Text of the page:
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Michael Guilfoyle, coin designer

Started by <k>, March 15, 2013, 08:05:07 PM

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<k>



Michael Guilfoyle is a Welsh artist, engraver and graphic designer. He was born in 1963. The photo above was taken in Dublin in April 2008. It shows Michael Guilfoyle on the right. On the left is Minister Noel Ahern T.D. (member of the Irish parliament), and in the middle is John Hurley, Governor of the Central Bank.
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<k>

In Mr Guilfoyle's own words:

Although my grandparents were Irish, I was born and brought up in South Wales. My first job on leaving school was as a Student Engraver at the Royal Mint. This is where I developed my interest in coin designs and learned the traditional engraving and modelling skills. My mentor was Marcel Canioni, who succeeded Hubert Elsässer as Chief Engraver.

My engraving apprenticeship ran from January 1982 to January 1986. At the end of my apprenticeship there was not enough work in the engraving department, so I transferred to the Marketing Department. I worked there until September 1990, when I left to study for a graphic design degree. During this period I was commissioned by Hubert Elsässer on a freelance basis to create a few plaster models for coins. I then concentrated on graphic design exclusively (mainly coin packaging and promotions for the Royal Mint and other overseas mints), until I was again commissioned by Marcel Canioni to designs coins between January 2003 and January 2007. Since that time I have designed coins and medals for Ireland and the Royal Dutch Mint. Since 2008 I have had an ongoing association with the Westminster Collection.
Visit the website of The Royal Mint Museum.

See: The Royal Mint Museum.

<k>

#2



A few years ago Mr Guilfoyle was kind enough to answer some of my questions about his work on the Mozambique 2006 circulation set, illustrated above.


Q. I wonder how you felt when you realised that your designs were circulating throughout Mozambique? It's in the nature of things that few people will get to design even a single standard circulation coin, never mind an entire set.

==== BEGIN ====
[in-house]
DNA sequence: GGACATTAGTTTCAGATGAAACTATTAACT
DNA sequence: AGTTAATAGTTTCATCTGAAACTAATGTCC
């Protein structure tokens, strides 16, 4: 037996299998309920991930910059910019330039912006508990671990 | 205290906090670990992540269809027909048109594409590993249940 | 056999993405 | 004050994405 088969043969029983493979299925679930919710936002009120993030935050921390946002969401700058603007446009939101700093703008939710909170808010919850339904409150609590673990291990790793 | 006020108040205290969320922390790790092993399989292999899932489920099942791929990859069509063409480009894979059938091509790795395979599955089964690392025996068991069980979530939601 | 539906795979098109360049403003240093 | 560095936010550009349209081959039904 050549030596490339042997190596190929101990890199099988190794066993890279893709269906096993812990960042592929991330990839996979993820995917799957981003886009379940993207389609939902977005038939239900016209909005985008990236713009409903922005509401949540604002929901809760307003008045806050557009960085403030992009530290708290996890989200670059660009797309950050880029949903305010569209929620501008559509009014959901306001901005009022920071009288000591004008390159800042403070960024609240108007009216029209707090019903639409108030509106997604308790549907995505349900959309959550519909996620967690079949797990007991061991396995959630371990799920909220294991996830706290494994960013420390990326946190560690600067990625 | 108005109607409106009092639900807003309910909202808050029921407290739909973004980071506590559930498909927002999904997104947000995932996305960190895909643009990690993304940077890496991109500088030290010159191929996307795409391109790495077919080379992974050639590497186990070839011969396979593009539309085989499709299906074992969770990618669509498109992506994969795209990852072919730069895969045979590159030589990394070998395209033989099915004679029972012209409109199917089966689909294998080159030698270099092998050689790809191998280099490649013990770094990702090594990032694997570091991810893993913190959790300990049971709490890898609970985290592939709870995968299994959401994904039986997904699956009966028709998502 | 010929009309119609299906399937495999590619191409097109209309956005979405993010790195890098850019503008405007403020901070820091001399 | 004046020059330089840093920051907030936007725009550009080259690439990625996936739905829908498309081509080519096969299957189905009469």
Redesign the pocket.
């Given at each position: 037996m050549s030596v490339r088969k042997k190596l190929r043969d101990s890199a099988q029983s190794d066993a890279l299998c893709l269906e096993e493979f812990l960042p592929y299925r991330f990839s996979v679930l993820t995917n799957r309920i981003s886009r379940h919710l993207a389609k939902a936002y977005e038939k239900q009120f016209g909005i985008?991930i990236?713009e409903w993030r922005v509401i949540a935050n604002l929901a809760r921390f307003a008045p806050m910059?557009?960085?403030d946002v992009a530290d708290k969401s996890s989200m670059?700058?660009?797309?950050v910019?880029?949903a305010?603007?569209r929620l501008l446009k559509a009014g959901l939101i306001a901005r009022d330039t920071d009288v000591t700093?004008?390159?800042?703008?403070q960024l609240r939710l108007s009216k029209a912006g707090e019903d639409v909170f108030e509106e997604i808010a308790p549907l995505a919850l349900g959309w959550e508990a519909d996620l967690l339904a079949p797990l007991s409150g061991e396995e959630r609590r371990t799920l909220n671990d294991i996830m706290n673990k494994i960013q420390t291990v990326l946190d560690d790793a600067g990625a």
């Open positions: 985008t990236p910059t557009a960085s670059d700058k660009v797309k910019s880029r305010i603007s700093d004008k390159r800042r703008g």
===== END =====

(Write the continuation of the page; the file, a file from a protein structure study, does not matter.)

A. I am very proud indeed, particularly as I had been unaware that the designs were actually used. I have decided that I will try to obtain examples of all of my coin designs, and my quest will start in Berlin next year.


Q. Given that you were being asked to design a nation's new coinage, were you given any special briefing? Did you meet any of the Mozambicans to discuss their requirements, or was that left to the Royal Mint Advisory Committee?

A. I didn't meet any Mozambique representatives. That would be the responsibility of the 'country manager'. He would have taken the brief, noting any specific requirements or designs requests. I was briefed by the Chief Engraver.


Q. Were you shown the previous Mozambican set of the 1990s?

A. I wasn't but I always do my own research, and I refer back to Krause 'World Coins'.


Q. Some of your designs are of the same themes as in prior sets. Were you given any special instructions about handling these?

A. The brief specified what subjects were to be featured, although as far as I can recall, not specifically linked to particular denominations. I prepared a number of alternative arrangements of designs and denominations.


Q. Of all the designs, the "woman student reading", which originated in the 1980s set, was carried down, in almost the same form, to the 1990s set and your own. Again, were you given any special instructions with regard to this design? Were you more or less requested to copy it as nearly as possible, and if so, did you consciously make any minor modifications? 

A. Of all of the designs, this was a straight reworking of an older design. Actually, this denomination wasn't part of the original brief. It was briefed separately a couple of years later (2005), as was the 10 Meticais.



Q. It is often the case in such situations that more than one artist is contracted to create designs, and then the RMAC and the client choose among them. Were you aware of, or told of, any other artist submitting designs?

A. No, as far as I am aware, I was the only designer working on this project. I may be wrong though.